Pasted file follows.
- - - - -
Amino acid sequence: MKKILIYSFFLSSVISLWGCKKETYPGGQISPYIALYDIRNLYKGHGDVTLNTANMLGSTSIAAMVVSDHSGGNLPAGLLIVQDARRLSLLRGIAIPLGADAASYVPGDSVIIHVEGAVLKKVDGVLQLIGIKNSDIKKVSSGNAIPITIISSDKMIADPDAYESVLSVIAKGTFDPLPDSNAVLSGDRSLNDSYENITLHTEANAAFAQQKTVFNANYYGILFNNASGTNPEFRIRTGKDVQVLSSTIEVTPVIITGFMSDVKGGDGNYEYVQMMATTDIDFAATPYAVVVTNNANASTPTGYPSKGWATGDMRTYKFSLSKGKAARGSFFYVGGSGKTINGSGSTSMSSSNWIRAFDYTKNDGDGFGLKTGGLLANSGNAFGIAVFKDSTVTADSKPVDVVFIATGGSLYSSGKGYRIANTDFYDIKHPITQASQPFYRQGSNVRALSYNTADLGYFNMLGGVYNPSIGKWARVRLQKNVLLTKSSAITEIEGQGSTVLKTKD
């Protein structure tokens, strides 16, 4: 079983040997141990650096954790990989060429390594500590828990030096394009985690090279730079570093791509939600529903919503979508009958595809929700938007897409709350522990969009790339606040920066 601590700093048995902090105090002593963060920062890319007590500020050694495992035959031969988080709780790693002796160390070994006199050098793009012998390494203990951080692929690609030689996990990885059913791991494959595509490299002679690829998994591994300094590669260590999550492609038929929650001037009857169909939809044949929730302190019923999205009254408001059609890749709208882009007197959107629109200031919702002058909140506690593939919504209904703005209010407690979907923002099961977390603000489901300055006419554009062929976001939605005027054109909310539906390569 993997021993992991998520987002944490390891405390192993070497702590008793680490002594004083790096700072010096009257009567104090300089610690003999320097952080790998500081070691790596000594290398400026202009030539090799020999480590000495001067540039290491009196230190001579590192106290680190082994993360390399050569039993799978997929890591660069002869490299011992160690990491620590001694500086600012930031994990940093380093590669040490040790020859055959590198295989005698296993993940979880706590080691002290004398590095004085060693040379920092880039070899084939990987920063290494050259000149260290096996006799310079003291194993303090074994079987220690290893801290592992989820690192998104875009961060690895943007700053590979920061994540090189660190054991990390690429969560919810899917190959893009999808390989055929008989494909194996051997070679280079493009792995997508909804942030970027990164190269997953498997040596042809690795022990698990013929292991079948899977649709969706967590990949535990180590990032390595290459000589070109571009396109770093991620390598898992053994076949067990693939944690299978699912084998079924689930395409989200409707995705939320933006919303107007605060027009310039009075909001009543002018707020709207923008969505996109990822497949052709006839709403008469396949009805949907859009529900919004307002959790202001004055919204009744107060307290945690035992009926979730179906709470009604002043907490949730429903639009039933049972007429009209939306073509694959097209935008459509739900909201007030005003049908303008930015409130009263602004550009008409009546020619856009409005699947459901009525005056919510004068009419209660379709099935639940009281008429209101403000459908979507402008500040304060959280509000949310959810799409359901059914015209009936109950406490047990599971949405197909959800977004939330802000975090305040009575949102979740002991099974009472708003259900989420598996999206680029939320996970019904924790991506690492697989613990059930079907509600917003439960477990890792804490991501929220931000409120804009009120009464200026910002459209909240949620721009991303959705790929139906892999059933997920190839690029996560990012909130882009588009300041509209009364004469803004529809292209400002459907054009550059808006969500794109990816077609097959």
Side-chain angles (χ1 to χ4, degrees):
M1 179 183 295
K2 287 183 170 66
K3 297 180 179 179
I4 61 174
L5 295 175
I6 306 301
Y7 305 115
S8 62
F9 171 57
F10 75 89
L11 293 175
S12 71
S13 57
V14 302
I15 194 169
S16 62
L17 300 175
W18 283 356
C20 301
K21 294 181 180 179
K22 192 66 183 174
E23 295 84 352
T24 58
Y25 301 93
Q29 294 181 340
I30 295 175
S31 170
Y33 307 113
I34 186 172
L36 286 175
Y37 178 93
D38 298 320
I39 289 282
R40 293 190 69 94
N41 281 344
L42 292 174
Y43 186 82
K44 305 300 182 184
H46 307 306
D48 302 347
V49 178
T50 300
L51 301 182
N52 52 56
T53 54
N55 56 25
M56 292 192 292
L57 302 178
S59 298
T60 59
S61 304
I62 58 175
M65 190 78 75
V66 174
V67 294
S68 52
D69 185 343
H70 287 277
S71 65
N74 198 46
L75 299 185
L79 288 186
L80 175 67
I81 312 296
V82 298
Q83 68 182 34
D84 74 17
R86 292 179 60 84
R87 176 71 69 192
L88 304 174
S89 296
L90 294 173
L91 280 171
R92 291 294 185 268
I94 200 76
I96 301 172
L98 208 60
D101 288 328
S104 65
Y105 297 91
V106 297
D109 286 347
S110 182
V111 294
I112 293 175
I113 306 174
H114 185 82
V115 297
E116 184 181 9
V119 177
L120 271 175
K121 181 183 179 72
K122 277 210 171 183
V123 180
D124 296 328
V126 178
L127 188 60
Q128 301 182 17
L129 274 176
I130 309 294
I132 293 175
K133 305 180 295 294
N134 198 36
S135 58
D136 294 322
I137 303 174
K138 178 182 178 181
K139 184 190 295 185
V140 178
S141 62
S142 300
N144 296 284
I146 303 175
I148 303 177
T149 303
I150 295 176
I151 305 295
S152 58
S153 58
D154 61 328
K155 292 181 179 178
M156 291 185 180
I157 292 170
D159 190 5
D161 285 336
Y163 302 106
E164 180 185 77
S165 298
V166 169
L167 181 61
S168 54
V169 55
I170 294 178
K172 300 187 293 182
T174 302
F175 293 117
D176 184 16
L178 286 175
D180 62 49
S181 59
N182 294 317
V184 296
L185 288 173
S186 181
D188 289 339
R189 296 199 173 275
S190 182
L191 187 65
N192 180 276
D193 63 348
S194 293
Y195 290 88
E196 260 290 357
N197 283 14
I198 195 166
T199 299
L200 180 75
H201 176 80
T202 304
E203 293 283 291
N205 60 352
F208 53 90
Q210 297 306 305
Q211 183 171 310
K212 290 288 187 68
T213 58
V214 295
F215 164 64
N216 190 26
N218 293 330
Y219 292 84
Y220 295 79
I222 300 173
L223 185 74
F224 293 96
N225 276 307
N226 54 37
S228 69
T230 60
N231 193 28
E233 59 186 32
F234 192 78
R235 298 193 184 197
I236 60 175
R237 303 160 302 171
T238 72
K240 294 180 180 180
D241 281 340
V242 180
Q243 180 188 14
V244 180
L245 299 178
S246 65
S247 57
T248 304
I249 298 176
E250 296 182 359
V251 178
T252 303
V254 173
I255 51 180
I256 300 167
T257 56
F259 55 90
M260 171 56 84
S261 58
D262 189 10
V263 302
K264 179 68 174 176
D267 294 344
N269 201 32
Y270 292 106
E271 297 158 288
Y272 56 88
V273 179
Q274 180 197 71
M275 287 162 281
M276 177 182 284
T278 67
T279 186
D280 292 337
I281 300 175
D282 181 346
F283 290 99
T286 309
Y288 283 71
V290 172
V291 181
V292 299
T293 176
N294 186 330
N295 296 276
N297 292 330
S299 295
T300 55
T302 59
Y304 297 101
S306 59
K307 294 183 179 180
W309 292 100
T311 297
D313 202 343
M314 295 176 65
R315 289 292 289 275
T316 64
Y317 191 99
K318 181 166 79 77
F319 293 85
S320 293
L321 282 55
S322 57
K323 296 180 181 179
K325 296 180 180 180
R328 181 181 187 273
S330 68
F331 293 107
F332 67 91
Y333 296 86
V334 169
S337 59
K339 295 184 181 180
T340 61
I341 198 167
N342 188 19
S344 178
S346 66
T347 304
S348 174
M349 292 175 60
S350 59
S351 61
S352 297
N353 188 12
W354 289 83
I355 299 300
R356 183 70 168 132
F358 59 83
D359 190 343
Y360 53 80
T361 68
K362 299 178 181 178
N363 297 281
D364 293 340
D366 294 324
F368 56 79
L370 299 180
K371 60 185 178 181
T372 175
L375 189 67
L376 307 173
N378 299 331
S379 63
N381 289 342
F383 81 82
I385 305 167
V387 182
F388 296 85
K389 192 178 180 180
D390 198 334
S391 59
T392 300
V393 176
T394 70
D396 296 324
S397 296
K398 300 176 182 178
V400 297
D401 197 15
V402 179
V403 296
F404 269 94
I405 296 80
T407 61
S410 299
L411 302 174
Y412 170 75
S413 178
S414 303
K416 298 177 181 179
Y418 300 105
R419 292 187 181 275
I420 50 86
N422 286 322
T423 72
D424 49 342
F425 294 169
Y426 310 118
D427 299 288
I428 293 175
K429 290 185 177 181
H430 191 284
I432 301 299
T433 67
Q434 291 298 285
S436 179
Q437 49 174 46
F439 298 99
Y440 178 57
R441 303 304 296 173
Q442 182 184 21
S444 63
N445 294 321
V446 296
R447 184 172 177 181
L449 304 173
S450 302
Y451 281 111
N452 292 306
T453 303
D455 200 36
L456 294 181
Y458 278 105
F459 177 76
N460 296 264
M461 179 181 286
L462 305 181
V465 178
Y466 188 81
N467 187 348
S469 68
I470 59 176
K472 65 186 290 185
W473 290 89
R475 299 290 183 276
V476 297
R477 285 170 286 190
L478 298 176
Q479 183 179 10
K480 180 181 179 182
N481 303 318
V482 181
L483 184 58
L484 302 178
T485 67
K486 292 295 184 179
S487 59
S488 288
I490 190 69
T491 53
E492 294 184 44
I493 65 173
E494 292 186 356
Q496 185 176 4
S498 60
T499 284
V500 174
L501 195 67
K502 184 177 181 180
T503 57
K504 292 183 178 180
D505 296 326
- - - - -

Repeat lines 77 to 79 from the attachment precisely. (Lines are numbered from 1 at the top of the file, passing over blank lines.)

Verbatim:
R92 291 294 185 268
I94 200 76
I96 301 172